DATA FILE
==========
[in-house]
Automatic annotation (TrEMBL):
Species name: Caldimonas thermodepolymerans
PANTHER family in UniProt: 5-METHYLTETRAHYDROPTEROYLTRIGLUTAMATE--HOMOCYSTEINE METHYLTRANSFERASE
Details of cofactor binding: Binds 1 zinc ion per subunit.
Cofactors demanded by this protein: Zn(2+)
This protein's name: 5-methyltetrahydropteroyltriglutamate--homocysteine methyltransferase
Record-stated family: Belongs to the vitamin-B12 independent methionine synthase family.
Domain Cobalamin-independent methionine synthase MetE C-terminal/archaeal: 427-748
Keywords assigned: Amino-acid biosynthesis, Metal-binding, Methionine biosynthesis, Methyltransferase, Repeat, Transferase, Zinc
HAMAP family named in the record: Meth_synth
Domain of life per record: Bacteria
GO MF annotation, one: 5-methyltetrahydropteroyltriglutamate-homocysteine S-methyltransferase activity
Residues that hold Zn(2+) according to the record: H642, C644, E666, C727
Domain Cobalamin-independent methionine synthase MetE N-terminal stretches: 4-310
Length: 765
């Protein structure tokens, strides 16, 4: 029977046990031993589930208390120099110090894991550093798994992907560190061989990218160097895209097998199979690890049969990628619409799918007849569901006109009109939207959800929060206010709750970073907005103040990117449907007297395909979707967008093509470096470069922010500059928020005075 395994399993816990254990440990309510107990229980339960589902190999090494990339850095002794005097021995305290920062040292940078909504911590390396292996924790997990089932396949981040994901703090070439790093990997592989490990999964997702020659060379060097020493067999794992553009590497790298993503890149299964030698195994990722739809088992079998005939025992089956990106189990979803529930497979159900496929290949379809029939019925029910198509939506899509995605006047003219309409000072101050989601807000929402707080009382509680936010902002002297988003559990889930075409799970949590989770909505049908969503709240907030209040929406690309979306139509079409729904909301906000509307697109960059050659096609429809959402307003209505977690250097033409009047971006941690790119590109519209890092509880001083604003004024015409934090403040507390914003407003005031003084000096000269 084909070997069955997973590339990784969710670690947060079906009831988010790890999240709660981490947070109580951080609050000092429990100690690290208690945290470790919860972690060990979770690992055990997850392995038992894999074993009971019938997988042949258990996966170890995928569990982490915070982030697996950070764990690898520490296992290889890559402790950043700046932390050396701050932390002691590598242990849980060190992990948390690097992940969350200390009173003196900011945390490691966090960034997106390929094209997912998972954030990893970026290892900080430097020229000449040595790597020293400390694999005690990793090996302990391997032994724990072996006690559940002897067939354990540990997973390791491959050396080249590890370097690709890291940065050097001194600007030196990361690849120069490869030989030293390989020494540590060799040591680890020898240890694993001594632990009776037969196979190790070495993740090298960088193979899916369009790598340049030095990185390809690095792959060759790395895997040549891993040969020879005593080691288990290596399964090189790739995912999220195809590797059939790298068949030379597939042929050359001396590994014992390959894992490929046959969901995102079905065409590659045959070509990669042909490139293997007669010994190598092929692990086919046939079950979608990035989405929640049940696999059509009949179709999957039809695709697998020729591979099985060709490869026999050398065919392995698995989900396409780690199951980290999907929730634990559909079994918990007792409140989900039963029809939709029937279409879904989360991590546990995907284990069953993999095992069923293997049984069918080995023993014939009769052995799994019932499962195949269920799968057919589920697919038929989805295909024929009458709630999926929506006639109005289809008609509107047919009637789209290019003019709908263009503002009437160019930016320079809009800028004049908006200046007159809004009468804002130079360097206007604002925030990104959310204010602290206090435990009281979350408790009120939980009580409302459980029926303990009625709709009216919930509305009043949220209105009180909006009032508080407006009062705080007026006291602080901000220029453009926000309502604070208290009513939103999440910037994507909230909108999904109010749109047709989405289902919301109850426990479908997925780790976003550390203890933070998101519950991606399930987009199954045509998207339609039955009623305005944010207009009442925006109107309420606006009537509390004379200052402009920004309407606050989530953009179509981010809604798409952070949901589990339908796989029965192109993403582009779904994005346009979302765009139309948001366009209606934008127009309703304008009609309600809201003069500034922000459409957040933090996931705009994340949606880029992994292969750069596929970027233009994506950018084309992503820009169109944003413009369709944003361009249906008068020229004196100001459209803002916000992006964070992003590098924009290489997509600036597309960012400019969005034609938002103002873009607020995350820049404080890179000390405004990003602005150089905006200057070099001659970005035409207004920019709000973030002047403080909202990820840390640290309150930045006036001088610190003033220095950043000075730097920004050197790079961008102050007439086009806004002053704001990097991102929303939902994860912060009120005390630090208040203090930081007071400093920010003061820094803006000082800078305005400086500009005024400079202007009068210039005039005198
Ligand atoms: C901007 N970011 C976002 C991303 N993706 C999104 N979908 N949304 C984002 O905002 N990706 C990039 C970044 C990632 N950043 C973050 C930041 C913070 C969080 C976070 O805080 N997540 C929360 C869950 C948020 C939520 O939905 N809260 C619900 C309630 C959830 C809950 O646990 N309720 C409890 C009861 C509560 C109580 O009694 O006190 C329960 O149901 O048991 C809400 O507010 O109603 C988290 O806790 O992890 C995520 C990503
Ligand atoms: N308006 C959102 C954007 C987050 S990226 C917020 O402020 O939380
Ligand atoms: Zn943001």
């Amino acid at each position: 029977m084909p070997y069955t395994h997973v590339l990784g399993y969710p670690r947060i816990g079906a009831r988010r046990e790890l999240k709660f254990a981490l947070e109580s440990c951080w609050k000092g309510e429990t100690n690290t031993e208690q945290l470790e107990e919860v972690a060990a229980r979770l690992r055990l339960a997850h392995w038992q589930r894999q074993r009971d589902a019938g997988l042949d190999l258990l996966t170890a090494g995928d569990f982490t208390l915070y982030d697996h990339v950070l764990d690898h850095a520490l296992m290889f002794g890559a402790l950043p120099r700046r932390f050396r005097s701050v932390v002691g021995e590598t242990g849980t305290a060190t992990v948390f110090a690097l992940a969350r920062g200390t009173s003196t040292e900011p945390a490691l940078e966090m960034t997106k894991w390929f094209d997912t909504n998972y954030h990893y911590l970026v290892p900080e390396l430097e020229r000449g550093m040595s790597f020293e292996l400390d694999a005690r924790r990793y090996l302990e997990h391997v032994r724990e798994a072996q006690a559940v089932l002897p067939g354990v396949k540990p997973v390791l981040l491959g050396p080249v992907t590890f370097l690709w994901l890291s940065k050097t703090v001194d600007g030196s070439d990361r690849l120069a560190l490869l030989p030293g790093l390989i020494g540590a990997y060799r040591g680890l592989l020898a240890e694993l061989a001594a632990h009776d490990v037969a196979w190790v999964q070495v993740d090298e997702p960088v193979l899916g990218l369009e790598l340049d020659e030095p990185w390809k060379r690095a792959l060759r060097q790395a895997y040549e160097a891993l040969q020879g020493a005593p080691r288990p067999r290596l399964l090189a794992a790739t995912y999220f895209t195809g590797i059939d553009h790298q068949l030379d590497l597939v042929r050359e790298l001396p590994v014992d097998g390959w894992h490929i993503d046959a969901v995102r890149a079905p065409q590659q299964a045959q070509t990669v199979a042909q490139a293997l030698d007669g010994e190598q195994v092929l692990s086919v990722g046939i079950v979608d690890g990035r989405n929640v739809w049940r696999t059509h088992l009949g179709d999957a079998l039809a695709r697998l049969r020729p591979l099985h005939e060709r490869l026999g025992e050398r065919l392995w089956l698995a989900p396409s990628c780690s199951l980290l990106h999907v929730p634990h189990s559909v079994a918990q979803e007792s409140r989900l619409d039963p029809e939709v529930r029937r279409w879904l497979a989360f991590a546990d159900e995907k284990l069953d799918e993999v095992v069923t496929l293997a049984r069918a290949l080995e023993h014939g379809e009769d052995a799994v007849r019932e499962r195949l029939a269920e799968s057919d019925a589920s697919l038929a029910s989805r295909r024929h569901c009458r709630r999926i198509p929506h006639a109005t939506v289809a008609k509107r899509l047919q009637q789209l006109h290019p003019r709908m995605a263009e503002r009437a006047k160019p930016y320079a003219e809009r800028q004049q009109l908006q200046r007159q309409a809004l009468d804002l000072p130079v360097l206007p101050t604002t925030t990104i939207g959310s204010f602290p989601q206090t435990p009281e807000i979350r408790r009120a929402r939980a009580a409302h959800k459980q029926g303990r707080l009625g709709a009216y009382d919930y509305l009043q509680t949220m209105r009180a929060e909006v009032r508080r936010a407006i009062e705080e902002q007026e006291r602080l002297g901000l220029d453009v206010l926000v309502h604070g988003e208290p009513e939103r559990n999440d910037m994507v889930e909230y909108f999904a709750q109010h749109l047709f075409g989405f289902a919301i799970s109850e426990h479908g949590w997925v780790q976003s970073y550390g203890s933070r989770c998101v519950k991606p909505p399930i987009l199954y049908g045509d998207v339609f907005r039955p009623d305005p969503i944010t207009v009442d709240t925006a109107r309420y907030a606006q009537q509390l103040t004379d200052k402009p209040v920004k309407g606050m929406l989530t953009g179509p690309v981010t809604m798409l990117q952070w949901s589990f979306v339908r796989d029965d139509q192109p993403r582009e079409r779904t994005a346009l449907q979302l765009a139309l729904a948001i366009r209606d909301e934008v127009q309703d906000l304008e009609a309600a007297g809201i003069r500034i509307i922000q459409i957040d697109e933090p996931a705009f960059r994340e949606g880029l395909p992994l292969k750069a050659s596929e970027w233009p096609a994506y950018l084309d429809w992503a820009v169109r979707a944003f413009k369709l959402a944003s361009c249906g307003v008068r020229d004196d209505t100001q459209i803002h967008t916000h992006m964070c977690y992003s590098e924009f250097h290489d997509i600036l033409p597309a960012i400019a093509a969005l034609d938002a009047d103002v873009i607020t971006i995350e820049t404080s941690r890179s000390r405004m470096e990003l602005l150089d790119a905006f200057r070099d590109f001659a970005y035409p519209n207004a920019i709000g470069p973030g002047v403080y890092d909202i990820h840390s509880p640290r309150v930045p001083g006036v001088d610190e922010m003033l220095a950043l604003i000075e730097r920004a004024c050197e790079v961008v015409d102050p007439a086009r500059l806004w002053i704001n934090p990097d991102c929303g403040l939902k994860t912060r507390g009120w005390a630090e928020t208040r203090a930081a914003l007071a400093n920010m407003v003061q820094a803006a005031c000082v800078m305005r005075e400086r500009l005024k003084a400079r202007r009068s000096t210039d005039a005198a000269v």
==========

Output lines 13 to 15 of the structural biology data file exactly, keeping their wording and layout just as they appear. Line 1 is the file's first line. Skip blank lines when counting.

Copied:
GO MF annotation, one: 5-methyltetrahydropteroyltriglutamate-homocysteine S-methyltransferase activity
Residues that hold Zn(2+) according to the record: H642, C644, E666, C727
Domain Cobalamin-independent methionine synthase MetE N-terminal stretches: 4-310